No Endorsement of NUPES ‘Left’ Popular Front
No Vote to treacherous SP, CP or petit-bourgeois Greens
By Ian Donovan
In the upcoming two rounds of Legislative Elections, class-conscious workers should critically vote for Jean-Luc Mélenchon and his La France Insoumise (France Unbowed) Party on 12th and 17th June.
But we should NOT advocate votes for his various bloc partners in this election, not for the Greens, who have nothing to do with the working-class movement, who are a petit-bourgeois excrescence on politics who actively support anti-Russian sanctions.
NOT for the treacherous Socialist Party whose President Hollande was deeply involved in imperialist attempts at pro-imperialist ‘regime change’ in Syria, and massive austerity against French workers.
NOT for the Communist Party who support anti-Russian sanctions today. They call for confiscating the wealth of Russian ‘oligarchs’ and giving it to Ukrainian ‘refugees’, a racist, Russophobic position, attacking Macron from the right. They would never demand the confiscation of the wealth of the French bourgeoisie, on the contrary they have repeatedly betrayed the working class with popular front alliances with capitalist parties.
These forces have rotten policies, and their working-class support is marginal. Only Mélenchon inspires class-based illusions among the mass of workers today. It is Mélenchon, and Insoumise alone, who need to be put to the test!
Sanctions, as was frequently pointed out in the case of Iraq, are themselves an act of war. In this period, this is a crucial dividing line. A party that supports sanctions against Russia, an act of war, in the absence of any other good reason for giving it electoral support, cannot be the recipient of even critical support from genuinely class-conscious workers, socialists and communists.
In the first round of the Presidential Elections, the Greens, as a minor petit bourgeois party, hardly set the world on fire achieving 4.63% of the vote. More to the point, they did not give expression to any class sentiment on behalf of working-class people, as their entire political profile is middle class. To call for votes for them would be a betrayal of class independence. That Mélenchon has brought these feeble petty-bourgeois radicals on board his own campaign is a sign of his own reformist weakness and the danger that he could repeat the betrayals of the Socialist Party if given the chance. But he has a new party which needs to be tested to prove that before the working class.
The treachery of the Socialist Party, under former president Francois Hollande, and the discredit that has given rise to, derived from its steep austerity program from 2012 to 2017, whose attacks rivalled those of the Tories in Britain at more or less the same time, albeit at an earlier stage.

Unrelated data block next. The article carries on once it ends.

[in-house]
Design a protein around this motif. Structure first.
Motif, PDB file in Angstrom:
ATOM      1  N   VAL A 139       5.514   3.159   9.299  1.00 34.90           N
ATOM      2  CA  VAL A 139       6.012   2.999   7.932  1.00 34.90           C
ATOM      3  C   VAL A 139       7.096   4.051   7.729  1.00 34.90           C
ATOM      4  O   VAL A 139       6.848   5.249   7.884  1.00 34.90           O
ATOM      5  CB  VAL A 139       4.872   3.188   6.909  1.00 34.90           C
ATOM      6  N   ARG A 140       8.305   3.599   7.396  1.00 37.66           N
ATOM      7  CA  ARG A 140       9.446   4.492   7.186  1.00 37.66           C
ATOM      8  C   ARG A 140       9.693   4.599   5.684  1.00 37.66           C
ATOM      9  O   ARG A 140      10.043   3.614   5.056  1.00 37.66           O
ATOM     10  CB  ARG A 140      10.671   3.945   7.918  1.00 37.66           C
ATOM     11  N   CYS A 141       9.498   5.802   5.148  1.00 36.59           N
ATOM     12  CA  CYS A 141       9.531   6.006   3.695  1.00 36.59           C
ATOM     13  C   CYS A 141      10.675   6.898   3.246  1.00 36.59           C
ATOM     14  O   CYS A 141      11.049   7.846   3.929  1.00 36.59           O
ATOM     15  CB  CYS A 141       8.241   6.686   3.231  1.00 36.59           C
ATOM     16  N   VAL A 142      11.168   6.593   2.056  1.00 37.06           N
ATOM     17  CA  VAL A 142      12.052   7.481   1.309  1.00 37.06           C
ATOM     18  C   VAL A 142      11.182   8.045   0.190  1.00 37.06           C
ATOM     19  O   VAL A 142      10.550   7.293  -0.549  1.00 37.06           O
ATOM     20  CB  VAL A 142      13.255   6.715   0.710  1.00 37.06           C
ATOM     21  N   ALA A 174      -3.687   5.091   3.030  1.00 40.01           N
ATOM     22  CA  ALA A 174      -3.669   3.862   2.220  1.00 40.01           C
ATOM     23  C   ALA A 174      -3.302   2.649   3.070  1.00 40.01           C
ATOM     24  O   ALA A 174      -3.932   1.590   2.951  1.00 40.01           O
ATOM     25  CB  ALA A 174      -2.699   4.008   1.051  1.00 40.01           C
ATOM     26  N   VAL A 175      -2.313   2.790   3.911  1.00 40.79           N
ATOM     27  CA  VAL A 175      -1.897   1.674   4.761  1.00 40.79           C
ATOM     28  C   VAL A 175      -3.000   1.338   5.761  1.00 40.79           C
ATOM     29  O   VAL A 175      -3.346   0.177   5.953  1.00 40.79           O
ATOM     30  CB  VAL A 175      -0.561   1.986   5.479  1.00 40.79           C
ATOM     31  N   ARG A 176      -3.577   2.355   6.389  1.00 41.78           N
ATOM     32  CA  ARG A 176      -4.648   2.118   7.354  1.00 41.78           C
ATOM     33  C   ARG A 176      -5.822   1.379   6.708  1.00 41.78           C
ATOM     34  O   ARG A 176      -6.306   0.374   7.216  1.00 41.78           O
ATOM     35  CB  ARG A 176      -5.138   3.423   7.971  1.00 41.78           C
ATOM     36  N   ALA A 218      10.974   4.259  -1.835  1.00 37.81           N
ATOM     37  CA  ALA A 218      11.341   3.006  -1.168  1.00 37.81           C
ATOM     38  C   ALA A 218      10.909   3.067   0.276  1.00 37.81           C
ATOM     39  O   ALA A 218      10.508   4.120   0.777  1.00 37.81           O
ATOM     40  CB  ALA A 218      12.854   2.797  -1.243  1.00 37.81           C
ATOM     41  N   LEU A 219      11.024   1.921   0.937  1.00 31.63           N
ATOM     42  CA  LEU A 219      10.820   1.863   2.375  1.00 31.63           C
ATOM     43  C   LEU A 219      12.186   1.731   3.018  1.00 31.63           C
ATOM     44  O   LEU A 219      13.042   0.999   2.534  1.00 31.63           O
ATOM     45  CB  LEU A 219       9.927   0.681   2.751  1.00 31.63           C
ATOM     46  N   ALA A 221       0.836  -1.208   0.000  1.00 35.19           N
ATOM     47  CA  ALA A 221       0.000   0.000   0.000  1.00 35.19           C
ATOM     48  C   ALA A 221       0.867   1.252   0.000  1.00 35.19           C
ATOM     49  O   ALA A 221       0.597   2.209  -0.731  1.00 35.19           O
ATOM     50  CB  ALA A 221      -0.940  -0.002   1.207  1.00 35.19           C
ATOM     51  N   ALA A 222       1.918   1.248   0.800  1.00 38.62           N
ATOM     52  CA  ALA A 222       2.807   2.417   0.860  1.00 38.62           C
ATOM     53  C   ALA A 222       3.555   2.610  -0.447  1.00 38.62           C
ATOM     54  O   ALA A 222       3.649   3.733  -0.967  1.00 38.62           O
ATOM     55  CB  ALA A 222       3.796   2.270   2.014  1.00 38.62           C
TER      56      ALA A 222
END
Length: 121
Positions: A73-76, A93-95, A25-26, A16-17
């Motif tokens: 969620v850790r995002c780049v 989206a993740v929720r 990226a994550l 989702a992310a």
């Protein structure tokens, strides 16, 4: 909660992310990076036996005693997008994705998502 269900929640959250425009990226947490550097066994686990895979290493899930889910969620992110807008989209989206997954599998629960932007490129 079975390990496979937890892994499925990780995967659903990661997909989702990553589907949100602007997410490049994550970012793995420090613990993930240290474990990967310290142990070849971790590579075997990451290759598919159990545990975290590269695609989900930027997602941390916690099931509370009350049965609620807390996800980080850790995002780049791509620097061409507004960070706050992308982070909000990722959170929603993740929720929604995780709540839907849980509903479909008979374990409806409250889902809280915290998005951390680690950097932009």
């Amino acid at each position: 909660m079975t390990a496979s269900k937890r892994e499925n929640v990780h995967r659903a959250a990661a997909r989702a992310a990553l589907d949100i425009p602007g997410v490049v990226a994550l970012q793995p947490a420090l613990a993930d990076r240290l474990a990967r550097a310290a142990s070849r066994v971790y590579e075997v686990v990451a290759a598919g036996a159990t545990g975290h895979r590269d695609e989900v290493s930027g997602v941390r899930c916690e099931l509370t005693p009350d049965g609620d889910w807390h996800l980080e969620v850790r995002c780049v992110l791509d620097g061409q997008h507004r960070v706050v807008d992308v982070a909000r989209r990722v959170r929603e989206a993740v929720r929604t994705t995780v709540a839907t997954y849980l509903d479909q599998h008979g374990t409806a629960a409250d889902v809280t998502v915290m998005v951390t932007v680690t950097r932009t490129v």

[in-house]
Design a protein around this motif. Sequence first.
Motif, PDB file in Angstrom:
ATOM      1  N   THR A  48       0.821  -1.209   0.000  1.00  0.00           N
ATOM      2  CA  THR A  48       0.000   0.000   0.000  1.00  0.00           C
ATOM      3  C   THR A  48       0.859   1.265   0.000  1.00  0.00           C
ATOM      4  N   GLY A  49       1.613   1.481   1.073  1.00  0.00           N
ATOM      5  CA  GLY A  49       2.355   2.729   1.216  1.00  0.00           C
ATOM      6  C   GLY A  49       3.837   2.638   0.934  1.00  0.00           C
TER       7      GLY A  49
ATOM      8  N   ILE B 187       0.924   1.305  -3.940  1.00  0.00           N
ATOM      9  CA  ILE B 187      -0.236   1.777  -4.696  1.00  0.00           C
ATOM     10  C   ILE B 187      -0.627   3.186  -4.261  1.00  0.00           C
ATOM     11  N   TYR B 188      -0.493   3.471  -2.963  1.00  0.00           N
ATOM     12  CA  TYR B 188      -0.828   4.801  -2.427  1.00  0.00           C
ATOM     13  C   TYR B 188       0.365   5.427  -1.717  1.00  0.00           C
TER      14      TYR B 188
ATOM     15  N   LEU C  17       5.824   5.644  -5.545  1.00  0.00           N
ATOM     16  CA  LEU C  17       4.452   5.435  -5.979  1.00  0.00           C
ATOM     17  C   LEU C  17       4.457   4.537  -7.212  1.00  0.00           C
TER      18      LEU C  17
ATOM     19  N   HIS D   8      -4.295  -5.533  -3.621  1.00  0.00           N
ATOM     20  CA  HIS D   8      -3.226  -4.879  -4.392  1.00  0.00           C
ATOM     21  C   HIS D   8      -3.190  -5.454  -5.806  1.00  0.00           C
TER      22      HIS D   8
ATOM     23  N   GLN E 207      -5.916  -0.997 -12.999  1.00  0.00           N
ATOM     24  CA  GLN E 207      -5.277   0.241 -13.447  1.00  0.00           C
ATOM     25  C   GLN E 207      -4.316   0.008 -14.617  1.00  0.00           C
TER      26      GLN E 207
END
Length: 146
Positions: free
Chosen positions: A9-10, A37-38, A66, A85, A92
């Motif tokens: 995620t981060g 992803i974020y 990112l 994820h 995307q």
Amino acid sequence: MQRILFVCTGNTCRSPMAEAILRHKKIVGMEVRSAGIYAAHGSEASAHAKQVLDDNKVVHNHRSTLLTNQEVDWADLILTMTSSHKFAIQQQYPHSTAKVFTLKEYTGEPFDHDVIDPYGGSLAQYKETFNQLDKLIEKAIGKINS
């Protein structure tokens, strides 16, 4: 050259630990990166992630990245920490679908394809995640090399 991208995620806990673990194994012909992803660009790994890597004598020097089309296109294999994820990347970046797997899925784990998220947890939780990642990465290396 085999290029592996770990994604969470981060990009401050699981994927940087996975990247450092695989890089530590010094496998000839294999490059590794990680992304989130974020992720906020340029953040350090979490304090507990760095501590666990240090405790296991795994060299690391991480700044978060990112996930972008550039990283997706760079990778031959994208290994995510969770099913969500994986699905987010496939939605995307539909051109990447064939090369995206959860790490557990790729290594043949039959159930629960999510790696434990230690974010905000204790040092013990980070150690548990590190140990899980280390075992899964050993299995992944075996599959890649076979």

For a party like the French SP, whose voters generally support it because it claims to stand up for the interests of workers and the poor, this record was disastrous. Its aftereffects were that the SP fell from winning close to 29% on the first round of the Presidential Election in 2012, and then 51.6% in the run-off with Sarkozy, to being eliminated with only 1.75% on the first round of the 2022 Presidential Election. That is a just reward for a party dominated by a pro-capitalist labour bureaucracy that decisively betrays its own working-class base. Mélenchon’s bringing this pathetic rump of a party on board his campaign is a bad sign of his own left social-democratic politics, which can lead to similar results if not transcended.
The French Communist Party has undergone a long-term decline precisely because of its perennial Popular Frontism, its compulsion to enter blocs with bourgeois forces, and its accelerating reformism and repeated betrayals of the French working class, particularly in the great strikes of 1936, 1968 and also 1995. After each such event its response was always to seek to form another Popular Front, not to fight independently as a party to lead the working class itself. This was inextricably linked to the fact that it always saw itself as seeking power through parliamentary means in any case.
Given its earlier connection with the USSR (often unpopular with backward sections of the working class), it was inevitably outflanked by other reformists who never had such connections. And it was discredited and demoralised by the collapse of the USSR. So now Mélenchon, not the PCF, has become the repository of leftist workers’ hopes in France, mainly because of his working alongside the Gilet Jaunes militants from 2018 and thus making his France Insoumise effectively the political expression of this spontaneous working-class revolt.
It is this that we are giving critical support to by urging a vote for Mélenchon and La France Insoumise, but not his bloc partners. No support to NUPES. Mélenchon’s wobbling away from the more critical attitude he had to imperialism in Ukraine, and his support for sanctions now, is a sign of opportunist retreat. But what we are supporting is the leftist impulse from below that pushed Mélenchon to within a whisker of knocking out Marine Le Pen in the first round in April and opening up a new perspective for class struggle in France.
Beware of NUPES candidates if you don’t know who they are! Check before you vote. Vote only for Insoumise candidates. Put Mélenchon to a real test before the working class – force him to act alone!